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Unformatted text preview: Permission to make digital or hard copies of part or all of this work for personal or classroom use is granted without fee provided that copies are not made or distributed for profit or direct commercial advantage and that copies show this notice on the first page or initial screen of a display along with the full citation. Copyrights for components of this work owned by others than ACM must be honored. Abstracting with credit is permitted. To copy otherwise, to republish, to post on servers, to redistribute to lists, or to use any component of this work in other works requires prior specific permission and/or a fee. Permissions may be requested from Publications Dept., ACM, Inc., 1515 Broadway, New York, NY 10036 USA, fax +1 (212) 869-0481, or [email protected] MathPad 2 : A System for the Creation and Exploration of Mathematical Sketches Joseph J. LaViola Jr. Robert C. Zeleznik Brown University * Abstract We present mathematical sketching , a novel, pen-based, modeless gestural interaction paradigm for mathematics problem solving. Mathematical sketching derives from the familiar pencil-and-paper process of drawing supporting diagrams to facilitate the formula- tion of mathematical expressions; however, with a mathematical sketch, users can also leverage their physical intuition by watch- ing their hand-drawn diagrams animate in response to continuous or discrete parameter changes in their written formulas. Diagram animation is driven by implicit associations that are inferred, either automatically or with gestural guidance, from mathematical expres- sions, diagram labels, and drawing elements. The modeless nature of mathematical sketching enables users to switch freely between modifying diagrams or expressions and viewing animations. Math- ematical sketching can also support computational tools for graph- ing, manipulating and solving equations; initial feedback from a small user group of our mathematical sketching prototype applica- tion, MathPad 2 , suggests that it has the potential to be a powerful tool for mathematical problem solving and visualization. CR Categories: H.5.2 [Information Interfaces and Presentation]: User Interfaces—Interaction Styles G.4 [Mathematics of Comput- ing]: Mathematical Software—User Interfaces; Keywords: pen-based interfaces, mathematical sketching, ges- tures 1 Introduction Diagrams and illustrations are often used to help explain math- ematical concepts. They are commonplace in math and physics textbooks and provide a form of physical intuition about abstract principles [Hecht 2000; Varberg and Purcell 1992; Young 1992]. Similarly, students often draw pencil-and-paper diagrams for math problems to help in visualizing relationships among variables, con- stants, and functions. With the drawing as a guide, they can write the appropriate math to solve the problem. However, such static diagrams generally assist only in the initial formulation of mathe- matical expressions, not in the “debugging” or analysis of those ex-...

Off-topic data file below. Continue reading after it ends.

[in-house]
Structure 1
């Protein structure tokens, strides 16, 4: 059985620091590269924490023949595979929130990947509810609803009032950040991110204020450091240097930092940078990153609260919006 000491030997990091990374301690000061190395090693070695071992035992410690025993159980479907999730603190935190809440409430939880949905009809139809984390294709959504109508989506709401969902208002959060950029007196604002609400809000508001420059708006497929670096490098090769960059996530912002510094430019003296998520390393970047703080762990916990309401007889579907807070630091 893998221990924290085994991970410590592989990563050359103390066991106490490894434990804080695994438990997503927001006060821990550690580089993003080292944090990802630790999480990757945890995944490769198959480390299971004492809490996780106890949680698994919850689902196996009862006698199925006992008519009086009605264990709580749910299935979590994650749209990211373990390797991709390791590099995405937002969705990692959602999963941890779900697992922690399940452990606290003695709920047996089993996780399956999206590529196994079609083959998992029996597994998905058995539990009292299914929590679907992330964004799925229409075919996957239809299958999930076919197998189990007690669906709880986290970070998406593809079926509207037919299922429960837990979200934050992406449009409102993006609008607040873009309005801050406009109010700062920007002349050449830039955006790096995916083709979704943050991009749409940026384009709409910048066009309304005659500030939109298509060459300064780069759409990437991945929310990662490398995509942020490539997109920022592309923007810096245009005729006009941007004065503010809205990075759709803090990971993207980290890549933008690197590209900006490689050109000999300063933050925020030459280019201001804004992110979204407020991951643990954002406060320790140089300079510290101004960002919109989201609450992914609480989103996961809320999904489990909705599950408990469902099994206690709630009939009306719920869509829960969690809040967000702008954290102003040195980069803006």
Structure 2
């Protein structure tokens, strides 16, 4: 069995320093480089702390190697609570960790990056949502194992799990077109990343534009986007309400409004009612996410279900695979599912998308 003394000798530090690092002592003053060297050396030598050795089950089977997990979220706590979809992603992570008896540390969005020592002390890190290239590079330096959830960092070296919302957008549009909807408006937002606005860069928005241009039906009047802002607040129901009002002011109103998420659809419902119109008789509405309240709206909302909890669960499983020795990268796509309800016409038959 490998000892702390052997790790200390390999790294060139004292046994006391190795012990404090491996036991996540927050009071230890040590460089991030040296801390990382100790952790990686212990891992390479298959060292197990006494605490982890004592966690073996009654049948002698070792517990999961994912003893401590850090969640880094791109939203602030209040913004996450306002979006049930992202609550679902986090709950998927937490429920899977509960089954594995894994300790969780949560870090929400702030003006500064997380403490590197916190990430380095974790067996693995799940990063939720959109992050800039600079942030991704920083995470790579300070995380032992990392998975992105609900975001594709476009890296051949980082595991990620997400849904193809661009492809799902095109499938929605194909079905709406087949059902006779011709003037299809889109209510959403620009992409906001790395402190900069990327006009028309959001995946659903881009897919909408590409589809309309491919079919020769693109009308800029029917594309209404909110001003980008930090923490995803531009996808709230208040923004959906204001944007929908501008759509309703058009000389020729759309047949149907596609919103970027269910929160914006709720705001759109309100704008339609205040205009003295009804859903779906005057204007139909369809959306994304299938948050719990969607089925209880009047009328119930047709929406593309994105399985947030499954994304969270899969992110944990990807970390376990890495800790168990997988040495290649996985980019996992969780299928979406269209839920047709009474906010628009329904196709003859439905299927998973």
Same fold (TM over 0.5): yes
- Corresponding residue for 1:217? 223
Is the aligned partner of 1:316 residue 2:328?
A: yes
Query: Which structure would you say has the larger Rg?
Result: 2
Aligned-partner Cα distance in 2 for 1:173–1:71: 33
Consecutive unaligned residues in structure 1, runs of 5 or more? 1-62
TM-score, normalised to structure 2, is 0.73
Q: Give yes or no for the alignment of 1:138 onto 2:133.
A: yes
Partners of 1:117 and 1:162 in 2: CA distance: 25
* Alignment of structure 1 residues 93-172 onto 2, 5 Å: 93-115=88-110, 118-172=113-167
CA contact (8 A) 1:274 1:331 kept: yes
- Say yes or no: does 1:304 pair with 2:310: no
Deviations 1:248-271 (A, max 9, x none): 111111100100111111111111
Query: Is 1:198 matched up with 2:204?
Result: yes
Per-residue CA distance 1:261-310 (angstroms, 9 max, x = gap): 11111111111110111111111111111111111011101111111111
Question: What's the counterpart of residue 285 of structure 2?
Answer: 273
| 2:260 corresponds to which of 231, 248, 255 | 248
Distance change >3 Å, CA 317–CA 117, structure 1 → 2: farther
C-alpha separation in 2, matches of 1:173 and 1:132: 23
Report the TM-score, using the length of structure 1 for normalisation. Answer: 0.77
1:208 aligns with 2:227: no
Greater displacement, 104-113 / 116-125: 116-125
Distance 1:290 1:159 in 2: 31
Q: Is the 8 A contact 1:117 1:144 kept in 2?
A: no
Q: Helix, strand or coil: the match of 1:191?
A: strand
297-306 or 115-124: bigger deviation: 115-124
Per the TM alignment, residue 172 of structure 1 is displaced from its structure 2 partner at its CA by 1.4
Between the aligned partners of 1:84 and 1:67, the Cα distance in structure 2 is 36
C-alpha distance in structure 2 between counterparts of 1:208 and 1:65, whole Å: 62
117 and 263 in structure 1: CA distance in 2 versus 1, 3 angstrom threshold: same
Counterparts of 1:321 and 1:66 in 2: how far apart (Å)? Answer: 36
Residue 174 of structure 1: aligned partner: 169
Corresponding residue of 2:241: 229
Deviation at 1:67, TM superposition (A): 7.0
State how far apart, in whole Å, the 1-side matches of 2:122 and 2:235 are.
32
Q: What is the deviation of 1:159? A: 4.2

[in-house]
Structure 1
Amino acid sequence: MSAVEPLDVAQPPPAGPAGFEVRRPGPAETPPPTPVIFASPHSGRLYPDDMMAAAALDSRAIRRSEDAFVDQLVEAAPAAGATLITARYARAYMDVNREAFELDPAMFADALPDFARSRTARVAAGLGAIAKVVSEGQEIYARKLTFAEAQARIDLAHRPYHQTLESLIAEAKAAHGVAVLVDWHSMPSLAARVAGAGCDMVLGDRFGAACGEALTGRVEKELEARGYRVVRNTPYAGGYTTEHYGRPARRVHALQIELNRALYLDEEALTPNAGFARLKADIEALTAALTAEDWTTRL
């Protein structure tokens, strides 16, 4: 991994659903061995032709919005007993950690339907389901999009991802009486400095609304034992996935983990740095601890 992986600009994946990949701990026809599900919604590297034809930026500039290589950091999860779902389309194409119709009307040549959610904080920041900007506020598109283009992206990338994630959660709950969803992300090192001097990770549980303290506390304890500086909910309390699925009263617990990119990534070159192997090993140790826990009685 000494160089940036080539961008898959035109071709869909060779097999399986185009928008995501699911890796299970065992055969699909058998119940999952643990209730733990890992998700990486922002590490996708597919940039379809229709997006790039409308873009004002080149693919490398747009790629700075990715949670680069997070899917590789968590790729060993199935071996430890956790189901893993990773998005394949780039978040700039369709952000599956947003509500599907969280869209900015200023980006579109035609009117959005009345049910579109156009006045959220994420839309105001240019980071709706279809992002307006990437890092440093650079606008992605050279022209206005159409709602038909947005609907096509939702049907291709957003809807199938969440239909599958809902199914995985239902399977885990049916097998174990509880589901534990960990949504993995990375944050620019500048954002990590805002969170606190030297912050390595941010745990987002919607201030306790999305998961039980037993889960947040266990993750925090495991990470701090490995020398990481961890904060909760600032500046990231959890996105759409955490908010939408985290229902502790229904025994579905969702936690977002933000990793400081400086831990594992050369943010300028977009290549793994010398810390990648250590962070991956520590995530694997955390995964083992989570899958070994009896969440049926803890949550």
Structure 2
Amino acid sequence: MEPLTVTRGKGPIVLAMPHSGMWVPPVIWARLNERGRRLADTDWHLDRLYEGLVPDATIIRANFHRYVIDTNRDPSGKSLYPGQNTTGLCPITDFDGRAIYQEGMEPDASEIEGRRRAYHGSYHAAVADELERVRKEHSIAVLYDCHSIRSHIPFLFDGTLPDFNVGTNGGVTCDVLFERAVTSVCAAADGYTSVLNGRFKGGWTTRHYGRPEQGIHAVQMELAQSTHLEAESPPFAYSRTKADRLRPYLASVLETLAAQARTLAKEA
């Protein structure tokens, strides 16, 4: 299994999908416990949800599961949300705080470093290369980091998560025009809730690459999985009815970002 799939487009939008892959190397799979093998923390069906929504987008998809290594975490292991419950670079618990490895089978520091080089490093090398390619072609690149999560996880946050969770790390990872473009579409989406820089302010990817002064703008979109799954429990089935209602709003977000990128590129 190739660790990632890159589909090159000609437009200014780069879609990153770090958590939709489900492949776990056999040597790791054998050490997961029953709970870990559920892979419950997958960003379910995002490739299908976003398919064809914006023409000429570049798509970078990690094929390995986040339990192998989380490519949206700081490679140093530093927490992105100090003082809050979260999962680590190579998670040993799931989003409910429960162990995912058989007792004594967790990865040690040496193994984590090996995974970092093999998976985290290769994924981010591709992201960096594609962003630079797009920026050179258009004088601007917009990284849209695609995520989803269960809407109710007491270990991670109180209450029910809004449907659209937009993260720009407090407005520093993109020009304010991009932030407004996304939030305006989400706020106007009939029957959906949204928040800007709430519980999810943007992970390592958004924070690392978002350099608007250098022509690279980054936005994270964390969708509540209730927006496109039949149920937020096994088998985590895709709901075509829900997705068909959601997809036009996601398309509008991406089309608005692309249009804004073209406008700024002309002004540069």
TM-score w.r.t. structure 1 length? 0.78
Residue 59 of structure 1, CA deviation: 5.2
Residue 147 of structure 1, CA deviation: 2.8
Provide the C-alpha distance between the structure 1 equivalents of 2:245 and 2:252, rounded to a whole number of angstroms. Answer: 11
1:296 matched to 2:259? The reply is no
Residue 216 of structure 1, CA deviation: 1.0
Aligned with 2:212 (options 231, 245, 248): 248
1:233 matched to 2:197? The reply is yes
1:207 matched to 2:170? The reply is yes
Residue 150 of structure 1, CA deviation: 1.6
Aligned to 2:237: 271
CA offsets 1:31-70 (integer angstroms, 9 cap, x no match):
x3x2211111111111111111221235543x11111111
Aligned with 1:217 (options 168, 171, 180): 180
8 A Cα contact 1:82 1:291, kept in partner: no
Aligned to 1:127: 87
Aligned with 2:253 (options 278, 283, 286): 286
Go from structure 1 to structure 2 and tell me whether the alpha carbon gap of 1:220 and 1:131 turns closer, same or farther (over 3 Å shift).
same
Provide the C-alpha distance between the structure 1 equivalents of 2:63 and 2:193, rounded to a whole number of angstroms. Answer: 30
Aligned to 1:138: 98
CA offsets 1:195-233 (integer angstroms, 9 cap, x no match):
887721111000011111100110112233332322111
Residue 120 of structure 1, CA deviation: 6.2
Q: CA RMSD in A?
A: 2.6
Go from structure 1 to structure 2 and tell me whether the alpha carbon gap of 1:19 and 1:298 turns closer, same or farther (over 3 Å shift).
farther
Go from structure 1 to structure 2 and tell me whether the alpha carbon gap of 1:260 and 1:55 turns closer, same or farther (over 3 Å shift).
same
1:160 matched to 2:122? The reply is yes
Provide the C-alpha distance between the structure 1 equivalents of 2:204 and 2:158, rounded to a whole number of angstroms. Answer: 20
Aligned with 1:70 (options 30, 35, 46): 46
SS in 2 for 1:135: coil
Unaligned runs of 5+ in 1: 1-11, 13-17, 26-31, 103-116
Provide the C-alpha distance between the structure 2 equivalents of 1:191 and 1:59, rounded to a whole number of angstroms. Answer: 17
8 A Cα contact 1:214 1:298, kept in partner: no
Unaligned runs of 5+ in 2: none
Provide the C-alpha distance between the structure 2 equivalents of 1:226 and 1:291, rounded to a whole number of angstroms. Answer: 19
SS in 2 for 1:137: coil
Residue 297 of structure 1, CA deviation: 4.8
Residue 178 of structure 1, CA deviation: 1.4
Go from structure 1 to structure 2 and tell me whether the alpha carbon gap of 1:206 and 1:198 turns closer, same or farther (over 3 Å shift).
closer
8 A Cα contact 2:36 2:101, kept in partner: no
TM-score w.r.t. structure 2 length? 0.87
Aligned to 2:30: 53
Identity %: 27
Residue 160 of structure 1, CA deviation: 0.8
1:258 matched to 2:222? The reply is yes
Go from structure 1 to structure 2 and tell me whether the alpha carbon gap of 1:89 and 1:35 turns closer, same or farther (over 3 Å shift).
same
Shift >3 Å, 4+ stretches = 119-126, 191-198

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This note was uploaded on 02/13/2012 for the course CS 91.550 taught by Professor Yanco during the Spring '11 term at UMass Lowell.
- Spring '11